Note: this review focuses on the new 2014 MINI Cooper. For our drive impressions of the new 2014 MINI Cooper S, please Click Here to read our first drive review.
You wouldn’t suspect it by the forced merriment in which Mini wraps itself — more so than ever with the latest version — but the third iteration of Mini-by-BMW has grown up. The more grown-up Mini no longer cuts the same dashing figure it once did, but it’s significantly more pleasant to spend time with.
As one journeys further into adulthood, extra pounds and inches are harder to avoid. Friends and acquaintances retain their same physical features, but the proportions are a little off. So it is with the new Mini. Certainly, the design has been ever so carefully evolved to maintain the now-iconic look. All the key elements are present and accounted for: the large round headlights, the hexagonal grille, the upright taillamps, the floating roof. But they have been applied to a body that has morphed into something noticeably different than the first of the new Minis, which debuted back in 2002.
This latest generation sees its overall length grow by 4.5 inches, while width increases by 1.7 inches and wheelbase by 1.1 inches. Nearly half of the extra length is added ahead of the front wheels, as the car’s once ultra-trim front overhang has ballooned to that of a more typical front-wheel-drive small car. Similarly, the windshield, originally very upright and close to the driver, is now more raked, and the dash has grown longer. The new Mini still looks like a Mini, but it is creeping inexorably toward the small-car norm.
The battle of the bulge
Mini engineers have had more success fighting weight gain, the true scourge of adulthood. Despite the new car’s significantly larger size and increased level of equipment, the third-generation Mini carries at most only 70 more pounds than its predecessor. Base curb weight now ranges from 2605 to 2795 pounds (up from 2535 to 2712 previously). The better news for both the Mini Cooper and Cooper S is that new, BMW-sourced engines provide enough additional grunt to easily obliterate any additional pounds.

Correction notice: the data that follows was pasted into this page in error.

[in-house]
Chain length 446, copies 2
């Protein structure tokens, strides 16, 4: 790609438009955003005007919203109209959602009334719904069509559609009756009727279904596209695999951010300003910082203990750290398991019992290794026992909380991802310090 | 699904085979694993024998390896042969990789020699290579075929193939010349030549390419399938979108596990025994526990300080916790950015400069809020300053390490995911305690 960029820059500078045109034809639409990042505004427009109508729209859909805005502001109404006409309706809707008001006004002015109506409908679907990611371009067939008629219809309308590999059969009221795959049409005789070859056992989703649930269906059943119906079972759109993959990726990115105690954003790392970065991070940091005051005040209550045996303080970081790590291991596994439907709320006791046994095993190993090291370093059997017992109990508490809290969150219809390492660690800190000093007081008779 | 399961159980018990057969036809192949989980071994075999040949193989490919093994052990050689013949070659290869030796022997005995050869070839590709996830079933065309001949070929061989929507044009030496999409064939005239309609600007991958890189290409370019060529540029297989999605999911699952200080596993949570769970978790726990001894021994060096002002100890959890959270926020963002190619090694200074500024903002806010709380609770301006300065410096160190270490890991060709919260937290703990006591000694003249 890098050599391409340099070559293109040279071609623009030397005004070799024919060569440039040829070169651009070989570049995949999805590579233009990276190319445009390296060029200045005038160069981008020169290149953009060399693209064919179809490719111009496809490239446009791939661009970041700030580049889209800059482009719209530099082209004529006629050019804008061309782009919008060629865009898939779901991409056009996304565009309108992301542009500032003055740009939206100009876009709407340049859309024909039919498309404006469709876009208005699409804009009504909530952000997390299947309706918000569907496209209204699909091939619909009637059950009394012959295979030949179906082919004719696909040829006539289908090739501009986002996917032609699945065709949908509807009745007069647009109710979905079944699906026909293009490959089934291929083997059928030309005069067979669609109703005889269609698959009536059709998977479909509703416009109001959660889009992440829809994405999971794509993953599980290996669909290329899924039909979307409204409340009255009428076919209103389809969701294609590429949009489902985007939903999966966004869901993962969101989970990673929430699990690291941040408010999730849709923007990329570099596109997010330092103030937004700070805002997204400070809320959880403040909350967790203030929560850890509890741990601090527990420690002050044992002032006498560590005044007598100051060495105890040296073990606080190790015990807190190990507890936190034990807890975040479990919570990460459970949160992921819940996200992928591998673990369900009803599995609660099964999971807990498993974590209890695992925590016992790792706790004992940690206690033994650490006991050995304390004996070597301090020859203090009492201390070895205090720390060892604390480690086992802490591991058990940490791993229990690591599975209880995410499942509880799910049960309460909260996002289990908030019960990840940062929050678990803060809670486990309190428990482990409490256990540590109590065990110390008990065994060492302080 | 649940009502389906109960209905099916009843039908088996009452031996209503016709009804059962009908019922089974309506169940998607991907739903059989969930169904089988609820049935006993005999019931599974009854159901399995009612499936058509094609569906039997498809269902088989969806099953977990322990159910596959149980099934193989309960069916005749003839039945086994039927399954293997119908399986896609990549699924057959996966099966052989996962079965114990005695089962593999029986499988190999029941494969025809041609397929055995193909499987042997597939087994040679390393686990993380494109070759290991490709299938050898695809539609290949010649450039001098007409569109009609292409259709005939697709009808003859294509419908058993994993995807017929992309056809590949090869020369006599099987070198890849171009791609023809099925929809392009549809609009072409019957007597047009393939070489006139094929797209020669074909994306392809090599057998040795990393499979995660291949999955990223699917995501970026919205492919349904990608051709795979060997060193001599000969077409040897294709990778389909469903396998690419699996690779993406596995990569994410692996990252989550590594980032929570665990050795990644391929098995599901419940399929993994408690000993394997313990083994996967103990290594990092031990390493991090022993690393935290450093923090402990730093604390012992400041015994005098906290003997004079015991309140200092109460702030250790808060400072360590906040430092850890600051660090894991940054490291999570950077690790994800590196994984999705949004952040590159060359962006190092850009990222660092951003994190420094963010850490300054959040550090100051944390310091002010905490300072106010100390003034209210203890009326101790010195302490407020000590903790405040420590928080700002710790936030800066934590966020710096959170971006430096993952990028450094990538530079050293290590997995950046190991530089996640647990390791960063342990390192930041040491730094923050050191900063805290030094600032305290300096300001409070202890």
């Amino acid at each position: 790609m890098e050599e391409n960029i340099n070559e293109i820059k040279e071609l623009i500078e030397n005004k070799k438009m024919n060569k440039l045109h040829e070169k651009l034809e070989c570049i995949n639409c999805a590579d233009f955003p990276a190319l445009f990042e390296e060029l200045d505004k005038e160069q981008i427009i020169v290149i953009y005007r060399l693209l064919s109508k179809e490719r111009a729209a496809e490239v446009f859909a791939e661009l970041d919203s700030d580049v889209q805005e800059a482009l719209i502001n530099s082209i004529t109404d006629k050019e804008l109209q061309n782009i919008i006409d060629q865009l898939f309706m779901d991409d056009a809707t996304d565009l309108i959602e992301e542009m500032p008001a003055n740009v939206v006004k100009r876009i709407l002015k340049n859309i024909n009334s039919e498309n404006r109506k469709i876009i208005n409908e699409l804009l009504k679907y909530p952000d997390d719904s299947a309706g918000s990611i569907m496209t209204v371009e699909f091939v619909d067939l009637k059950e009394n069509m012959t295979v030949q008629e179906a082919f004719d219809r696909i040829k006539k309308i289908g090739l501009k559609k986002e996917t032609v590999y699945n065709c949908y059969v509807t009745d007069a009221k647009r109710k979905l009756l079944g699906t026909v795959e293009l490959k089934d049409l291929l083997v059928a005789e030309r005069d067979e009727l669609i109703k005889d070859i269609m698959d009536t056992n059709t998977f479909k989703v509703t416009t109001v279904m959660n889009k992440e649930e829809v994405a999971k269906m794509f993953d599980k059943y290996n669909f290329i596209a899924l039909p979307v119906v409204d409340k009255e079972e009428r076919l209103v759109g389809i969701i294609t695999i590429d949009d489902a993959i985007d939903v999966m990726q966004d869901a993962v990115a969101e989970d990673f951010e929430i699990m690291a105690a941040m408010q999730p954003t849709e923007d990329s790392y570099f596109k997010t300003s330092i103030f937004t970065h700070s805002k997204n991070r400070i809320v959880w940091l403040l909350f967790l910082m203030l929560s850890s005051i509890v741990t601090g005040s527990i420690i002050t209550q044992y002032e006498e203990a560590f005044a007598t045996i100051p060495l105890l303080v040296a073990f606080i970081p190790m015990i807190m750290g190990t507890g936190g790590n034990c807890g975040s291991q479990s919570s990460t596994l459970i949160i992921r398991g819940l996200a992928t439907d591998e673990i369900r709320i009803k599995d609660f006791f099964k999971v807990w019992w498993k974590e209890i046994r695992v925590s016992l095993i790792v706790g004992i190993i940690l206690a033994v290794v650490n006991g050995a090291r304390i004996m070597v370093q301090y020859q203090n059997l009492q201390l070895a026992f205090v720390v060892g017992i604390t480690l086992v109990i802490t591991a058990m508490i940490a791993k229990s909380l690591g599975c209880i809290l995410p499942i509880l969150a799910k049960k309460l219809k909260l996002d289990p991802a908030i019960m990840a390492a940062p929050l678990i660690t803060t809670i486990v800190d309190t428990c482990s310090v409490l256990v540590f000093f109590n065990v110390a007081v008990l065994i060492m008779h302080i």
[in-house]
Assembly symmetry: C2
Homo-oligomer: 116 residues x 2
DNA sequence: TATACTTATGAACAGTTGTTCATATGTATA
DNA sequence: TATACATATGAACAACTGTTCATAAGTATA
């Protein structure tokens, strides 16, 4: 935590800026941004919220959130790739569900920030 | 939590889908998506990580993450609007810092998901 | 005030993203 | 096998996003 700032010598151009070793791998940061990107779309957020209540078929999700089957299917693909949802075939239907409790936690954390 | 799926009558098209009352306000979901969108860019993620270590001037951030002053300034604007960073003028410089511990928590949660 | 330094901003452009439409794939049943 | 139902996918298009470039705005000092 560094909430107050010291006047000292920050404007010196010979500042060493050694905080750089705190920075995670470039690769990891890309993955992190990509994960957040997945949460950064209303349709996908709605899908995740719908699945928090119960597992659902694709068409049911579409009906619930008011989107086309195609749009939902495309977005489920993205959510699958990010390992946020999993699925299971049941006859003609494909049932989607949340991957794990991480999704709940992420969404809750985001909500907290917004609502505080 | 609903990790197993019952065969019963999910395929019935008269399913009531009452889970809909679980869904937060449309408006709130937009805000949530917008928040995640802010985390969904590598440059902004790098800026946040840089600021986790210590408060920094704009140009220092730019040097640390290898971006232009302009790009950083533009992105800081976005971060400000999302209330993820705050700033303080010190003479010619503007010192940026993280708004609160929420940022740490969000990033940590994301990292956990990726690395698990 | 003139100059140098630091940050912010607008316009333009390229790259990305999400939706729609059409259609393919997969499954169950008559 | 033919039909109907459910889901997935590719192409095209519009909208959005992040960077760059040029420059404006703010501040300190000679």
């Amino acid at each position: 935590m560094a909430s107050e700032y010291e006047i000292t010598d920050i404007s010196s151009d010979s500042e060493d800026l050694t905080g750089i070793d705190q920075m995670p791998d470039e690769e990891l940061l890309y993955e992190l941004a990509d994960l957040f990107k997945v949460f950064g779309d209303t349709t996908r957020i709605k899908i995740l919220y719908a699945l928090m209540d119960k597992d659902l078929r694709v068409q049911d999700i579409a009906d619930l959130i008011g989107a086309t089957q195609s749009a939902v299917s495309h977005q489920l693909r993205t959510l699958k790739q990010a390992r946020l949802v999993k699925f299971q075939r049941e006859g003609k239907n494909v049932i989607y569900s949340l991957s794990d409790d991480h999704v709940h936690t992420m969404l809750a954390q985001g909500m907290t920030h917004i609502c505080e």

More power, better mileage
The Cooper S now uses a BMW 2.0-liter turbo four-cylinder making 189 hp and 207 lb-ft of torque, an increase of 8 hp and 30 lb-ft. That shaves 0.2 to 0.3 second off the car’s 0-to-60-mph sprint, which is now down to 6.5/6.4 seconds (manual/automatic). At the same time, city/highway fuel economy jumps to 23/37 mpg for the manual and 28/40 mpg for the automatic (preliminary estimates).
When three beats four
The bigger news, though, concerns the base Cooper. In place of the previous naturally aspirated four-cylinder engine, the standard Cooper switches to a turbocharged three-cylinder. Essentially the Cooper S engine with one cylinder lopped off, the three-banger displaces 1.5 liters and features the same direct injection twin-scroll turbocharger and BMW’s Valvetronic variable valve timing and doubleVANOS camshaft phasing. With one fewer cylinder to feed, it’s not surprising that the new Cooper easily tops its predecessor’s fuel-economy ratings—by a lot. The outgoing model was rated at 27/35 mpg city/highway (1 less in both cycles for the automatic); the new car is expected to post ratings of 30/41 mpg (with the automatic reaching 42 mpg on the highway).
More impressive, though, is that the base Cooper is now a lot more fun to drive. Again, a glance at the numbers is illuminating. Compared to the old four-cylinder, the new turbo three musters an additional 23 hp and 48 lb-ft of torque, for a total of 134 hp, and 162 lb-ft. Whereas the previous car’s 0-to-60 times were a torpid 8.4 seconds for the manual and a positively slothful 9.6 seconds for the automatic, the new Cooper zips to 60 mph in a much more energetic 7.4 seconds, with the automatic a tick faster at 7.3 seconds.
We drove the manual version, which also benefits from a new gearbox with short throws and very positive shift action. After the unpleasant clutch take-up we experienced in our Four Seasons Mini Countryman, we were very pleased by the easy modulation in our test example here. The six-speed’s top three ratios are very tall, but this engine is flexible enough to pull decently from very low revs, as peak torque arrives at only 1250 rpm. Even at high revs, however, what’s notable about the three-cylinder is that you hardly notice it; or, more accurately, that you hardly hear it. It’s refined rather than raucous—that maturity thing again.